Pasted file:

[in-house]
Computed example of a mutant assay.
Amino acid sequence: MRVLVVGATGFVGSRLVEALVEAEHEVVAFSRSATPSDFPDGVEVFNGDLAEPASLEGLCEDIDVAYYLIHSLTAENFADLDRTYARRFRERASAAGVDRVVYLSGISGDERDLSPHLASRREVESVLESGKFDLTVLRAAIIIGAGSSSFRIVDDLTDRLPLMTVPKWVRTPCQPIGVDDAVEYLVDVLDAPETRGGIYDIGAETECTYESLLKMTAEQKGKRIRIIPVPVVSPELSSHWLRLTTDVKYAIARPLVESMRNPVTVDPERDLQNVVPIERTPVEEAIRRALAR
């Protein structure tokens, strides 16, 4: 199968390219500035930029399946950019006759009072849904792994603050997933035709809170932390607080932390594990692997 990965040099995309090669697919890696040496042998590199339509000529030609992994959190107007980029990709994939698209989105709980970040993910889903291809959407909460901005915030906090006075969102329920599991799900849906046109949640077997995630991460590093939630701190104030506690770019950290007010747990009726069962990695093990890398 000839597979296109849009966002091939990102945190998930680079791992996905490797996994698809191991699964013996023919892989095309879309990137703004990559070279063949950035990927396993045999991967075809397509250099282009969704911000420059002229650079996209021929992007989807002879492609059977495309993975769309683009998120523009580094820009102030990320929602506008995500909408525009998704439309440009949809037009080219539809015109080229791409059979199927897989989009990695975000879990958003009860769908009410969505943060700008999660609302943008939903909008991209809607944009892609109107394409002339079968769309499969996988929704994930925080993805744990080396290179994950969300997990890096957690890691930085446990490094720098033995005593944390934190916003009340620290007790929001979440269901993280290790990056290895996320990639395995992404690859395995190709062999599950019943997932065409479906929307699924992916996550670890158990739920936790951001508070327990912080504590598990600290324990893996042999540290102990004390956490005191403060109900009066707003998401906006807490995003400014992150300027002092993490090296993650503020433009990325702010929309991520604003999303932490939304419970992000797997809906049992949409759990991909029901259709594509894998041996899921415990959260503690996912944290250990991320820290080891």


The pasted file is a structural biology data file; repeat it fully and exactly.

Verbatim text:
[in-house]
Computed example of a mutant assay.
Amino acid sequence: MRVLVVGATGFVGSRLVEALVEAEHEVVAFSRSATPSDFPDGVEVFNGDLAEPASLEGLCEDIDVAYYLIHSLTAENFADLDRTYARRFRERASAAGVDRVVYLSGISGDERDLSPHLASRREVESVLESGKFDLTVLRAAIIIGAGSSSFRIVDDLTDRLPLMTVPKWVRTPCQPIGVDDAVEYLVDVLDAPETRGGIYDIGAETECTYESLLKMTAEQKGKRIRIIPVPVVSPELSSHWLRLTTDVKYAIARPLVESMRNPVTVDPERDLQNVVPIERTPVEEAIRRALAR
């Protein structure tokens, strides 16, 4: 199968390219500035930029399946950019006759009072849904792994603050997933035709809170932390607080932390594990692997 990965040099995309090669697919890696040496042998590199339509000529030609992994959190107007980029990709994939698209989105709980970040993910889903291809959407909460901005915030906090006075969102329920599991799900849906046109949640077997995630991460590093939630701190104030506690770019950290007010747990009726069962990695093990890398 000839597979296109849009966002091939990102945190998930680079791992996905490797996994698809191991699964013996023919892989095309879309990137703004990559070279063949950035990927396993045999991967075809397509250099282009969704911000420059002229650079996209021929992007989807002879492609059977495309993975769309683009998120523009580094820009102030990320929602506008995500909408525009998704439309440009949809037009080219539809015109080229791409059979199927897989989009990695975000879990958003009860769908009410969505943060700008999660609302943008939903909008991209809607944009892609109107394409002339079968769309499969996988929704994930925080993805744990080396290179994950969300997990890096957690890691930085446990490094720098033995005593944390934190916003009340620290007790929001979440269901993280290790990056290895996320990639395995992404690859395995190709062999599950019943997932065409479906929307699924992916996550670890158990739920936790951001508070327990912080504590598990600290324990893996042999540290102990004390956490005191403060109900009066707003998401906006807490995003400014992150300027002092993490090296993650503020433009990325702010929309991520604003999303932490939304419970992000797997809906049992949409759990991909029901259709594509894998041996899921415990959260503690996912944290250990991320820290080891």